The Doctor of Law Lorenzo G. Vidino describes the term as "inherently controversial, vague and subjective"[9] and Muslim scholars such as Dr Debbie Almontaser have argued that Muslim populations predictably find the "moderate Muslim" label offensive.[10]

Adrian Cherney and Kristina Murphy argue that the categorisations of moderate/extremist are not neutral, and that their widespread deployment "deprives Muslims of the agency to define the parameters of the debate around counterterrorism and also the terms of reference through which they are labelled as either for or against terrorism."[11] Although some Muslims do employ the use of such language, it is seen by others as further stigmatising Muslim communities and Islam.[12]

The Pakistani born journalist Sarfraz Manzoor also argues that the "moderate Muslim" label is offensive, as he believes that it implies ordinary Islam is not inherently peaceful.[13] Others believe that it implies that "moderate Muslims" are not "fully Muslim",[13] or that the term equivalates "progressive" or "secular" with "moderate".[13][8] Others, such as Turkish President Recep Tayyip Erdoğan (in response to the Saudi Crown Prince's ‘moderate Islam’ pledge[14]) reject the term as a Western notion stating that there is only one Islam.[15]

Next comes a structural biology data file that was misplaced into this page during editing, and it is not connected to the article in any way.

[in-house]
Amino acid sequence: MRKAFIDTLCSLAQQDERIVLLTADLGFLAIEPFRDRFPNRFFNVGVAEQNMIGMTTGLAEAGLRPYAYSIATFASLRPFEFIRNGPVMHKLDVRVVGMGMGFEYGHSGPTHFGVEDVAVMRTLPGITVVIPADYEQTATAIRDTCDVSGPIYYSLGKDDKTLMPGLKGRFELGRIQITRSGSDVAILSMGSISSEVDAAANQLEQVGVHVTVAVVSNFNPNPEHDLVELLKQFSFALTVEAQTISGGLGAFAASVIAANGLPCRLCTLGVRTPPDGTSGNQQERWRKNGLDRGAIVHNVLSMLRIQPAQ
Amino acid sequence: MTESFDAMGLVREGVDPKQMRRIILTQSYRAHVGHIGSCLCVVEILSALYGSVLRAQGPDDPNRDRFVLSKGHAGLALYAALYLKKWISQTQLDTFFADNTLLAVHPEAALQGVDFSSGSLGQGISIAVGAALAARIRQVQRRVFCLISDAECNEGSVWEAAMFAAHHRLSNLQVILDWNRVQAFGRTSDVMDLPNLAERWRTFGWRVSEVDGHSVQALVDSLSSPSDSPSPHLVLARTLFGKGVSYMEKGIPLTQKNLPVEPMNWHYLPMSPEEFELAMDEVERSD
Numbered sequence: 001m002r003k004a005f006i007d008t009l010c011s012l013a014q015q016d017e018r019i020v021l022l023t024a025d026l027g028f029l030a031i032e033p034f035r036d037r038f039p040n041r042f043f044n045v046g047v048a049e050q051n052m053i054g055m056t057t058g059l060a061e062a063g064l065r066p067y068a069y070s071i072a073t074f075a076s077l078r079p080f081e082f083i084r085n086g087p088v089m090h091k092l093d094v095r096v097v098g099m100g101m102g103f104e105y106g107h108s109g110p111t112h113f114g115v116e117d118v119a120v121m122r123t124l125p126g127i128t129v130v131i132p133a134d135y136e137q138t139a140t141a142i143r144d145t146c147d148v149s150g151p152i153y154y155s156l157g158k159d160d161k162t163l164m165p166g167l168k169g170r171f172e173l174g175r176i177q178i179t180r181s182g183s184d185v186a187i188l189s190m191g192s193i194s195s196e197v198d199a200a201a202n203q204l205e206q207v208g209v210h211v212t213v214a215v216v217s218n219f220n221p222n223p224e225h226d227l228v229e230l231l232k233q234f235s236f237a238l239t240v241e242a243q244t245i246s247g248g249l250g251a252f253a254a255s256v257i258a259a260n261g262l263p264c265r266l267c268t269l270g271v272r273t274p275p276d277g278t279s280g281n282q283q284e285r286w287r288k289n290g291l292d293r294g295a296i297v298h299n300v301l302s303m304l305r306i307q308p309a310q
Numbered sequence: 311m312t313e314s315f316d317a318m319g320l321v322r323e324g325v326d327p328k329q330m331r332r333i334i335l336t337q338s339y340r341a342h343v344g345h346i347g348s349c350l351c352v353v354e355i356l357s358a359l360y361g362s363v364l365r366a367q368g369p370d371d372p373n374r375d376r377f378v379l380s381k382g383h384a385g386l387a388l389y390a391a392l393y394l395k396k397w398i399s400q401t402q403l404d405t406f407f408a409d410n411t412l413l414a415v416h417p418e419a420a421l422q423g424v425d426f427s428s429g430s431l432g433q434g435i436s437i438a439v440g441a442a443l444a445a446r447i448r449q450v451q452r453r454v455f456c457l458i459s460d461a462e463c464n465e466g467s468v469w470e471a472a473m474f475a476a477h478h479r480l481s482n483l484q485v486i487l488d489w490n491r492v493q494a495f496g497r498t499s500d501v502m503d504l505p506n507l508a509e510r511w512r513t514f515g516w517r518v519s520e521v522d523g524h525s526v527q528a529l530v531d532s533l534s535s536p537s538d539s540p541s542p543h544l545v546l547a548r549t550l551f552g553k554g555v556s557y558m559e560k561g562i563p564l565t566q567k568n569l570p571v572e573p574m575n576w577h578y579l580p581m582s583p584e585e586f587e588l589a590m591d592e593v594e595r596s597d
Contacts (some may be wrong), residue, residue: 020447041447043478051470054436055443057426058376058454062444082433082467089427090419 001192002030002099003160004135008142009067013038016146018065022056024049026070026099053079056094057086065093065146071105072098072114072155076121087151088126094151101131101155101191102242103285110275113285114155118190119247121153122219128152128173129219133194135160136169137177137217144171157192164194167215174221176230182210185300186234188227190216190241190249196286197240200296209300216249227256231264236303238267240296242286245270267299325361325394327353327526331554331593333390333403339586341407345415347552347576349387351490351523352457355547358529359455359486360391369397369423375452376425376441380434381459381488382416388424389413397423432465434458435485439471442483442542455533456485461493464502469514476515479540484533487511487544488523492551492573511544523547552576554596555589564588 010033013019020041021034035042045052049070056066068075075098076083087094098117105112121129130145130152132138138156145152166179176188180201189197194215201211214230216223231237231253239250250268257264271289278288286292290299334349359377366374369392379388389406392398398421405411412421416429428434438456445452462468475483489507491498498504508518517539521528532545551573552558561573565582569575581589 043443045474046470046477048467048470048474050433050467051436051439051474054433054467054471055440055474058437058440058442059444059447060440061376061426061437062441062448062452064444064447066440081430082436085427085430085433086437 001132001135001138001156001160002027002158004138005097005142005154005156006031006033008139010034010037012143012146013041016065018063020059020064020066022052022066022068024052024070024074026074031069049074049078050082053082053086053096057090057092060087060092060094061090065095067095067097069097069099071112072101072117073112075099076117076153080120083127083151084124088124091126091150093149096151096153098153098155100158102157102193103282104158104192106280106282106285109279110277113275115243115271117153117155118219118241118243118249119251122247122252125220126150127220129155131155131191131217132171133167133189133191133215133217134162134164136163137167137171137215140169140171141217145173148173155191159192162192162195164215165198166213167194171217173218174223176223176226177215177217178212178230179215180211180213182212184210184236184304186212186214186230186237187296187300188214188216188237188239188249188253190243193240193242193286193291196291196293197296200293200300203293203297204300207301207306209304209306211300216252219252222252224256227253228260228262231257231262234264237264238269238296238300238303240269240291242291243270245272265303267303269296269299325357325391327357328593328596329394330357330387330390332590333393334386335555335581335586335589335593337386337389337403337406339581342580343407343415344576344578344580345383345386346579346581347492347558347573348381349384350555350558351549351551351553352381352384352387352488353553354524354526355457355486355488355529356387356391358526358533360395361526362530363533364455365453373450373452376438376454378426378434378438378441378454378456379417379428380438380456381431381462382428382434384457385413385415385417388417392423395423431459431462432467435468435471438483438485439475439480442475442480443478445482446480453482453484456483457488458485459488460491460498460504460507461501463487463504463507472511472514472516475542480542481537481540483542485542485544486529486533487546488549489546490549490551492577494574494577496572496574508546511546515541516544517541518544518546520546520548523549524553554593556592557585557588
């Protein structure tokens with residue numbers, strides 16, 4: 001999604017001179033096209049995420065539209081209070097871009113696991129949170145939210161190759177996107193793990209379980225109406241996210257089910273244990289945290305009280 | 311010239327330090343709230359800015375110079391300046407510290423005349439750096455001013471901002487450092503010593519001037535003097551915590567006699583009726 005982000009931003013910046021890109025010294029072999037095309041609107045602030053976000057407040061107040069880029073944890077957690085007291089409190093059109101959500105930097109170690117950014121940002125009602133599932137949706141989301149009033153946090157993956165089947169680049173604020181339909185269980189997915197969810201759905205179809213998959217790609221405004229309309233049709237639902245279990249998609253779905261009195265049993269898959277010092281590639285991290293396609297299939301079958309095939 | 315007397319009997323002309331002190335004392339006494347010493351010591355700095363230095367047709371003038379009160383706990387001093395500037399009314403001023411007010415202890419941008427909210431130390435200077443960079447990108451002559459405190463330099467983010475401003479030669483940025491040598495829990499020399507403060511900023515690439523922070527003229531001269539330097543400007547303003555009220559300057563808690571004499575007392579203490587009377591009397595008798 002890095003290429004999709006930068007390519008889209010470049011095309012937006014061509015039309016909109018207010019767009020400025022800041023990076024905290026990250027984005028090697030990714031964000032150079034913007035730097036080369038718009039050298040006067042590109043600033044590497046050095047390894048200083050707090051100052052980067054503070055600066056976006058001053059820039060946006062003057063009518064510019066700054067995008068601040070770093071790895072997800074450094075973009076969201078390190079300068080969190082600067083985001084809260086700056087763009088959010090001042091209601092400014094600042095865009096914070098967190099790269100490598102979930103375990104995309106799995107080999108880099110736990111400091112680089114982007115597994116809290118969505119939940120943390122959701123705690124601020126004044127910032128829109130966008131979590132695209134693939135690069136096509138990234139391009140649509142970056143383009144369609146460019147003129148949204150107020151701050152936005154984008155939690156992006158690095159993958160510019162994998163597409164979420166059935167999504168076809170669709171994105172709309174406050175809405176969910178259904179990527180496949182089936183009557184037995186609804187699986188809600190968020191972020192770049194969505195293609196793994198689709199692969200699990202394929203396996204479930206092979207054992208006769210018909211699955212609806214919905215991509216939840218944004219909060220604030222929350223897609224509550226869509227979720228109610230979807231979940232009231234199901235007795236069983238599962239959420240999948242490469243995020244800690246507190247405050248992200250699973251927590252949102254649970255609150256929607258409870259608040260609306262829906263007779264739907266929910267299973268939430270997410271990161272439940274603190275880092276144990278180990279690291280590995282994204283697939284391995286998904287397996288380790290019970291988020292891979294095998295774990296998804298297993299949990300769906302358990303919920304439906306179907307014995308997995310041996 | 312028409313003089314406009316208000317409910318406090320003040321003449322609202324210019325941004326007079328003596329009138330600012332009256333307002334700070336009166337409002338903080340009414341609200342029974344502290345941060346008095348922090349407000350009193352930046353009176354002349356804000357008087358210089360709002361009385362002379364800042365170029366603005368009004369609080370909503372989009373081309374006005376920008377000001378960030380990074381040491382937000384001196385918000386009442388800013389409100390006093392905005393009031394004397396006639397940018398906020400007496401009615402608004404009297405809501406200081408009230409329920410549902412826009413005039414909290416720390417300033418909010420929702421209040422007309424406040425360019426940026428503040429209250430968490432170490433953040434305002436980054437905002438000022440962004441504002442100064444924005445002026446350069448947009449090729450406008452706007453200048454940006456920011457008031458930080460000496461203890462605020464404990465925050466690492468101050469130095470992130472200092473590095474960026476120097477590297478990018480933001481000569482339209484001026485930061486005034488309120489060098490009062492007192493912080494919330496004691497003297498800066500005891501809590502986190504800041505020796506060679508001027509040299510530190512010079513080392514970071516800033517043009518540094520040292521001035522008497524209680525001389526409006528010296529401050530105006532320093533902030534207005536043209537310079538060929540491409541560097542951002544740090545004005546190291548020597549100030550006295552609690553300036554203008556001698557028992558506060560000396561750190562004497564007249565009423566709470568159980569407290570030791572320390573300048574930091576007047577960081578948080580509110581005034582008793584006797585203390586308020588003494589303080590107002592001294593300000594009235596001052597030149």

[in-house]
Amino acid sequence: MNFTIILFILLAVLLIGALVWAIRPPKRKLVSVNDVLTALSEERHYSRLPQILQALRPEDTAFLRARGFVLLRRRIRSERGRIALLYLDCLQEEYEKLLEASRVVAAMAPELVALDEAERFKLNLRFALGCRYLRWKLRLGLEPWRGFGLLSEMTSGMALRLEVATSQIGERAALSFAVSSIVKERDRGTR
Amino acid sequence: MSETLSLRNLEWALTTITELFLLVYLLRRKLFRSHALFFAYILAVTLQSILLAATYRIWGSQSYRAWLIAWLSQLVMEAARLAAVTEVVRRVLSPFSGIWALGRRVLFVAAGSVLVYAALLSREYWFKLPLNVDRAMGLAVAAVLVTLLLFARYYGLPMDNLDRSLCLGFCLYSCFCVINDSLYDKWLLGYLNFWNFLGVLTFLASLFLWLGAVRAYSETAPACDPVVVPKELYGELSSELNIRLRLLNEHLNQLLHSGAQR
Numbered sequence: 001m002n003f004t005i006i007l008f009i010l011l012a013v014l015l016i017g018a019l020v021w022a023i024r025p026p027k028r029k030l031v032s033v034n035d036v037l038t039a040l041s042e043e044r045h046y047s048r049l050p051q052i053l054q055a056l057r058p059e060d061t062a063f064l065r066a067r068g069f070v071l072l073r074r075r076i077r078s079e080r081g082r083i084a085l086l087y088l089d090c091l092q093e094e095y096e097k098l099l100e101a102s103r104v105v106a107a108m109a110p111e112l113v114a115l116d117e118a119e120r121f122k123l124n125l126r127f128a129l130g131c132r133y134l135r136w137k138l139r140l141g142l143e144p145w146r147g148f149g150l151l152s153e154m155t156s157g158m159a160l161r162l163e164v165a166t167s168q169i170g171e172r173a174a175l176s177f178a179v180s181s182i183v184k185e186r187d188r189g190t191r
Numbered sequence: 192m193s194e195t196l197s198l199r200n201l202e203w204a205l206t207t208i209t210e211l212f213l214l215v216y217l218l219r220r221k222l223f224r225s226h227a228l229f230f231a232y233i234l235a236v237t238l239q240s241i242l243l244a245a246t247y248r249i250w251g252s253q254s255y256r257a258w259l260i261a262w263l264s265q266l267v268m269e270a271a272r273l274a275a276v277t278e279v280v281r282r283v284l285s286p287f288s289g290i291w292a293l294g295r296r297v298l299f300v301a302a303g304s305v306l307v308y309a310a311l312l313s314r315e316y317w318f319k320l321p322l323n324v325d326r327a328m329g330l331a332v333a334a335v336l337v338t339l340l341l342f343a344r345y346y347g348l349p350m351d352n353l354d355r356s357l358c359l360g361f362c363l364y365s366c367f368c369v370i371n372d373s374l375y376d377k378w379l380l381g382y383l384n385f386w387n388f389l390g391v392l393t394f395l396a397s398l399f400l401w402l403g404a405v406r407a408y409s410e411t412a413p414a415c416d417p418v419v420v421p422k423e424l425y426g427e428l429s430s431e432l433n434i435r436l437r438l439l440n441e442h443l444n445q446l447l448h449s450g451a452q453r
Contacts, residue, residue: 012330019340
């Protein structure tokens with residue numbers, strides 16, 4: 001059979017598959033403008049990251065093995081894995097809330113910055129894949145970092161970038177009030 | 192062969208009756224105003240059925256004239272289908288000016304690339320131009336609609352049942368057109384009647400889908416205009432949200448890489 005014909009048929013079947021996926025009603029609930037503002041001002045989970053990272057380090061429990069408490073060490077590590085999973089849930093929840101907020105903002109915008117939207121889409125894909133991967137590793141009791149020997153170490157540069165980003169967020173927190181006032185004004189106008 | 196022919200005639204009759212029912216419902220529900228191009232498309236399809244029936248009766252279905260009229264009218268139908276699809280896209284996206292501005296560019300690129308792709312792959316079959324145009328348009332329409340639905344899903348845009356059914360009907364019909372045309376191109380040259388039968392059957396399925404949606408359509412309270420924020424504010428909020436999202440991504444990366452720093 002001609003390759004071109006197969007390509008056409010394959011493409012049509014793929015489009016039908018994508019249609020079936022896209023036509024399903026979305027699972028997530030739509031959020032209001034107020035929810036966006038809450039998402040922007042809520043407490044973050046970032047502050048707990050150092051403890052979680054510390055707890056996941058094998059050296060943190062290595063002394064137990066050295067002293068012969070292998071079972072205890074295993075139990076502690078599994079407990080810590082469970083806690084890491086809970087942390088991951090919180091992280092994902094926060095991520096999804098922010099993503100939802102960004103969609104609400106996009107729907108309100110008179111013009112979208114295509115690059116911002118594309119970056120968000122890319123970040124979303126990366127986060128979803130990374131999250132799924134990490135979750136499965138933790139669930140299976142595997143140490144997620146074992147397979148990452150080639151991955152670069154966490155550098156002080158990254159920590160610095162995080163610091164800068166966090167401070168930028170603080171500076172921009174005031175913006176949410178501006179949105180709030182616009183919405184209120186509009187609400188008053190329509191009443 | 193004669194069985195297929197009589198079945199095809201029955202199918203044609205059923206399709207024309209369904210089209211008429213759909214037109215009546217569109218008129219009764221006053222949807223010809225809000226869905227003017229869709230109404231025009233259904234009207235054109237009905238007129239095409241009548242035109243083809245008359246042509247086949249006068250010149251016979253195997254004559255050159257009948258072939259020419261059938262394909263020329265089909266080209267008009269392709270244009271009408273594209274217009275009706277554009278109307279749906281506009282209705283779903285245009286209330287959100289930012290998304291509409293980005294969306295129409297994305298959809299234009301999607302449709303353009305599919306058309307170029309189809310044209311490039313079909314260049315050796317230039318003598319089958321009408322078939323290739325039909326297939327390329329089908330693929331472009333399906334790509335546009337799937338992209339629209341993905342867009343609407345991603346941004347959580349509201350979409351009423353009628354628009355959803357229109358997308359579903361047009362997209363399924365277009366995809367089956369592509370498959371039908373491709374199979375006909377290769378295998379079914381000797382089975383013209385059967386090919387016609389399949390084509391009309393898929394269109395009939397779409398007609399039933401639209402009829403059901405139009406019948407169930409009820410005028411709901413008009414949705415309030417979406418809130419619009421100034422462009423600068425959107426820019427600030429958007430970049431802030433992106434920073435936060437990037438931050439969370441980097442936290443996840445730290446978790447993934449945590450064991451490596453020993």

The general criticism of this term is that it implies that the "Islam" and "Muslim" refer to something inherently violent, giving the impression that they need an adjective ("moderate") to assure otherwise.

Related branches of IslamEdit

Liberalism and progressivism within Islam is sometimes seen as a subset of moderate orientations of Islam, while other moderate views may be conservative.

Moderate islamismEdit